Faculty Honors 2015
LAS professors bring honor and recognition to the college.
Carla Eva Caceres Carla Eva Cáceres, professor of animal biology, has been named a 2015 University Scholar. Caceres is a leading ecologist who works on aquatic ecosystems. Her main study organism has been the water flea.
Clare Haru Crowston Clare Haru Crowston, professor of history, has been named a 2015 University Scholar. Crowston is a leading historian who has published two books about women in early modern France.
Julie Dowling Julie Dowling, professor of Latina/Latino studies, was awarded an honorable mention for the Oliver Cromwell Cox Book Award at the American Sociological Association (ASA) meetings for her recent book, Mexican Americans and the Question of Race. The award is given by ASA’s Section on Racial and Ethnic Minorities for the most outstanding book on sociology of race and ethnicity.
Joy Harjo Joy Harjo, professor of English and American Indian Studies, has been awarded the Wallace Stevens Award, the highest honor granted by the Academy of American Poets. The award, which carries a $100,000 stipend, is given annually to recognize outstanding and proven mastery in the art of poetry. Harjo has written numerous books and won several awards for her poetry.
Leanne K. Knobloch Leanne K. Knobloch, professor of communication, has been named a 2015 University Scholar. Knobloch researches how people communicate in close relationships, focusing on periods of transition for couples. Her expertise is being relied upon at very high levels of the military.
Emad Tajkhorshid Emad Tajkhorshid, professor of biochemistry, biophysics, computational biology, and pharmacology, has been named a 2015 University Scholar. He has a spectacular record in biomedical sciences with remarkable productivity in the areas of computational biology, biophysics, and membrane proteins. His extensive research program is housed in the prestigious Beckman Institute and in the cross-campus interdisciplinary Center for Biophysics and Quantitative Biology located in Urbana.
National Academy of Science logo Six professors in or affiliated with the College of LAS have been elected to the National Academy of Sciences, one of the highest honors a scientist can receive. Renée Baillargeon, professor of psychology; Gary Dell, professor of psychology; Catherine Murphy, professor of chemistry; Steve Granick, professor emeritus of materials science and engineering (and affiliated with the departments of chemistry and chemical and biomolecular engineering); Taekjip Ha, professor of physics and Howard Hughes Medical Institute investigator; and John Rogers, professor of materials science and engineering (and affiliated with the Department of Chemistry) were among 84 new members and 21 foreign associates announced by the Academy.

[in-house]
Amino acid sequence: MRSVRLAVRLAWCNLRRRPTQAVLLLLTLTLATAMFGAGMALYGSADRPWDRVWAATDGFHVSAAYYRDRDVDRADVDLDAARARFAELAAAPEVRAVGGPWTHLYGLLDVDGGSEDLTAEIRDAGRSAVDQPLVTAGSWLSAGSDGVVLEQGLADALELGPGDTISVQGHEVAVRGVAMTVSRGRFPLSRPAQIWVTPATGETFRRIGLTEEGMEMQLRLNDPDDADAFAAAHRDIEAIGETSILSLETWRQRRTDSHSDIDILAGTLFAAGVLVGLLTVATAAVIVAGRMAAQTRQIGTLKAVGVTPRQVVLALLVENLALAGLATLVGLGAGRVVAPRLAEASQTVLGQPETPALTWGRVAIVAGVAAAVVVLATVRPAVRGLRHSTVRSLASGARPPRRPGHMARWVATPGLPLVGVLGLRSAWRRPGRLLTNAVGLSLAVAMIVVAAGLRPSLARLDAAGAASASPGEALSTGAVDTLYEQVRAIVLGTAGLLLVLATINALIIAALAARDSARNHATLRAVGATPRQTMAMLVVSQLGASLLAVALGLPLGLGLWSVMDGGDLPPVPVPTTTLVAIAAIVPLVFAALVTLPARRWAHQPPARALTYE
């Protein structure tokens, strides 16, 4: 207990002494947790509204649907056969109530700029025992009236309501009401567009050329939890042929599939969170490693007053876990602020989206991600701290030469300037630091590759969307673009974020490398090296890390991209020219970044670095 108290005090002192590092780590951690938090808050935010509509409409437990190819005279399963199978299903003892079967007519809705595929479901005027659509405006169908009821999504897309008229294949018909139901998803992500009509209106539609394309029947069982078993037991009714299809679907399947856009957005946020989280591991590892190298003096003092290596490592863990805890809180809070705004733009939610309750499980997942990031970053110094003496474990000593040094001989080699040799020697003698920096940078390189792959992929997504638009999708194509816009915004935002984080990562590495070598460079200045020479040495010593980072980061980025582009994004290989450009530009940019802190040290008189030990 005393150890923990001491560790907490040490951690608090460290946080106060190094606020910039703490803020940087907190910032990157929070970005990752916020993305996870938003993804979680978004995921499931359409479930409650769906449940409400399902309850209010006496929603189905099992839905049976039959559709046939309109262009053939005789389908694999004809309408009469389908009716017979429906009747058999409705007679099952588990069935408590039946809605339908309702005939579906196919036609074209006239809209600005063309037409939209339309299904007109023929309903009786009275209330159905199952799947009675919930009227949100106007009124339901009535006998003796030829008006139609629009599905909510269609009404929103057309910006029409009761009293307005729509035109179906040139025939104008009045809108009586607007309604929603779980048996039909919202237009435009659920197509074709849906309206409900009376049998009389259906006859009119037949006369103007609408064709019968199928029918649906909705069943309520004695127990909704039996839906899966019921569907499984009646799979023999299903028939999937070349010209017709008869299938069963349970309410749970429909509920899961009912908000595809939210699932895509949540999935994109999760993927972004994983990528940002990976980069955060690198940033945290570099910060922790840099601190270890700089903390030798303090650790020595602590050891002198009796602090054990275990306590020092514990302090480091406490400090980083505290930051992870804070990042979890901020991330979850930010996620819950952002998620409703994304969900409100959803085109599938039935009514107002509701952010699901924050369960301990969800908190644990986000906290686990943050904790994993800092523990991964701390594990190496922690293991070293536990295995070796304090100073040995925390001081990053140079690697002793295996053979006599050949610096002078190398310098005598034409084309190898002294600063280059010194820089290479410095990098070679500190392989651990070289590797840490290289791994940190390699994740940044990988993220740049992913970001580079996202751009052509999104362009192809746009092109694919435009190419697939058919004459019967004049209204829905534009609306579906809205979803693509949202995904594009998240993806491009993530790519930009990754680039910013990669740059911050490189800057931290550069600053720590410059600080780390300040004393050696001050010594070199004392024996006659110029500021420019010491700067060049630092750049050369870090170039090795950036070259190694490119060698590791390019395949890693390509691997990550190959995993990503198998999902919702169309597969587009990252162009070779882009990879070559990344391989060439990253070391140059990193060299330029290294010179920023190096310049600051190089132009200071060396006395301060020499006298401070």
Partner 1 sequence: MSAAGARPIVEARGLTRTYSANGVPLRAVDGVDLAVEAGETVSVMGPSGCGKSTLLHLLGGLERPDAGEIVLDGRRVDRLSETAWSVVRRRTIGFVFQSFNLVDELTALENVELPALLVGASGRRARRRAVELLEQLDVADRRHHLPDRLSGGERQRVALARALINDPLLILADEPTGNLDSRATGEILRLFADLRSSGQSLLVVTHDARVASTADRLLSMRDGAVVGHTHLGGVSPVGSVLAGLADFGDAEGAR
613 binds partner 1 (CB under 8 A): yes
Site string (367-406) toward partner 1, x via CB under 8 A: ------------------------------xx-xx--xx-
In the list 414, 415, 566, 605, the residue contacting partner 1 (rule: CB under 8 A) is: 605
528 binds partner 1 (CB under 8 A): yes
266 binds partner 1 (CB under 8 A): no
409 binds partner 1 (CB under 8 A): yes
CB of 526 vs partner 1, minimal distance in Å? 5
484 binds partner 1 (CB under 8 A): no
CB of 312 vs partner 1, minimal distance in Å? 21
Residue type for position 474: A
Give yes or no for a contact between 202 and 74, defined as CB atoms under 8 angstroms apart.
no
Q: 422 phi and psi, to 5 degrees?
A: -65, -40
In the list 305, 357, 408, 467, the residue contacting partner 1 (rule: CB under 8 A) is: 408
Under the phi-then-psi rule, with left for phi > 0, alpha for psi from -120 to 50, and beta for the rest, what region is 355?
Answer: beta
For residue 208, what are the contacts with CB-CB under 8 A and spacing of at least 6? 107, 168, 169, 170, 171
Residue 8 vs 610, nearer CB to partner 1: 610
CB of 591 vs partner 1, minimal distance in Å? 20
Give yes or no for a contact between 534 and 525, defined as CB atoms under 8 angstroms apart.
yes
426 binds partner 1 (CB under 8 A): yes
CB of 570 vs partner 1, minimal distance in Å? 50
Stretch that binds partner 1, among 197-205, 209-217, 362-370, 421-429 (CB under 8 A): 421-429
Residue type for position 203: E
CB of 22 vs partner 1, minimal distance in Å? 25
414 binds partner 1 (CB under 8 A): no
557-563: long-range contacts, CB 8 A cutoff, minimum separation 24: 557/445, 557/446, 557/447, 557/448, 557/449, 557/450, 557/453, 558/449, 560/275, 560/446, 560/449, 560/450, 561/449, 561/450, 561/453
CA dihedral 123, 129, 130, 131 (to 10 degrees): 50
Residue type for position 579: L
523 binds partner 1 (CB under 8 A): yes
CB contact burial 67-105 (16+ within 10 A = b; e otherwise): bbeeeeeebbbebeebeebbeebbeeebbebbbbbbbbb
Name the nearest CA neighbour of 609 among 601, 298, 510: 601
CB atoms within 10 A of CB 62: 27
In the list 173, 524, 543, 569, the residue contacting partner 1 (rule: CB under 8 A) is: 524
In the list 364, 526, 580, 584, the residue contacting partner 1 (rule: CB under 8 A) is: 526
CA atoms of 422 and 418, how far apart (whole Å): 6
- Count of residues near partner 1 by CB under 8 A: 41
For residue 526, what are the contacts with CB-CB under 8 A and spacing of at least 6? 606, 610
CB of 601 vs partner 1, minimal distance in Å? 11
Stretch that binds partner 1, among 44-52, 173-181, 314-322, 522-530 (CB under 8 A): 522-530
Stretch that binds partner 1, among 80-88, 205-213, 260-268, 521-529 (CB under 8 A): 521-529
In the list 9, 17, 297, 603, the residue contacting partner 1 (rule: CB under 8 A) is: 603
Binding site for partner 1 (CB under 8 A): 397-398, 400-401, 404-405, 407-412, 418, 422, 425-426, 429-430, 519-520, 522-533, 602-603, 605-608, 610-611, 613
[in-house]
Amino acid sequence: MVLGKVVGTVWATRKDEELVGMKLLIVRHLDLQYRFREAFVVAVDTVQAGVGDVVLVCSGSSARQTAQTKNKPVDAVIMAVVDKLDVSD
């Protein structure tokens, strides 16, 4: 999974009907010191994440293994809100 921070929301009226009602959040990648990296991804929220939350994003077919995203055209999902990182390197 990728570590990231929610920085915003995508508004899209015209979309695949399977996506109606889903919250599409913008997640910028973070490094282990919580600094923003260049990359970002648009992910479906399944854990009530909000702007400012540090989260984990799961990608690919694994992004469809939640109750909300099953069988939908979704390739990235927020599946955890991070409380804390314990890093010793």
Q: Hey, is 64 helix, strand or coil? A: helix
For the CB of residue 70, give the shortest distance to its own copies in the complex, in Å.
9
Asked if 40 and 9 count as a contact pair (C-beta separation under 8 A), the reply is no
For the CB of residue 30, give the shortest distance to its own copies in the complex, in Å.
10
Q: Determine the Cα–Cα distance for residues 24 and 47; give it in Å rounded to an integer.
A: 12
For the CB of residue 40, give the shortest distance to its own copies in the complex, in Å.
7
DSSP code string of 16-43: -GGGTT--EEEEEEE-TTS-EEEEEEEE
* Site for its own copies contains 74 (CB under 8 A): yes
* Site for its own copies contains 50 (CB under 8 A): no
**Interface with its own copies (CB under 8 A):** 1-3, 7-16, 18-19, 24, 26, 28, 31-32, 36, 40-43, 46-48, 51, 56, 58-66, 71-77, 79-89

Mclafferty Sara McLafferty, professor and department head of geography and geographic information sciences, recently won the prestigious 2015 Melinda S. Meade Distinguished Scholarship Award in Health and Medical Geography from the American Association of Geographers. This award recognizes her contributions in research, teaching, and decades of service in the field.
Foley Ryan Foley, professor of astronomy and physics, received a 2015 Sloan Research Fellowship from the Alfred P. Sloan Foundation. The two-year program awards the fellows $50,000 to pursue their choice of research topics and gives the researchers flexibility in applying funds toward their research. Foley studies exploding stars and other celestial transient objects. He discovered and characterized a peculiar class of exploding stars, Type Iax supernovae. He also uses Type Ia supernovae to measure the expansion and investigate the content of the universe.
Fout Alison Fout, professor of chemistry, received a 2015 Sloan Research Fellowship from the Alfred P. Sloan Foundation. The two-year program awards the fellows $50,000 to pursue their choice of research topics and gives the researchers flexibility in applying funds toward their research. Fout focuses on addressing environmental, biological, and energy problems by designing transition metal complexes and catalysts to understand the activation and transformation of greenhouse gases into novel compounds.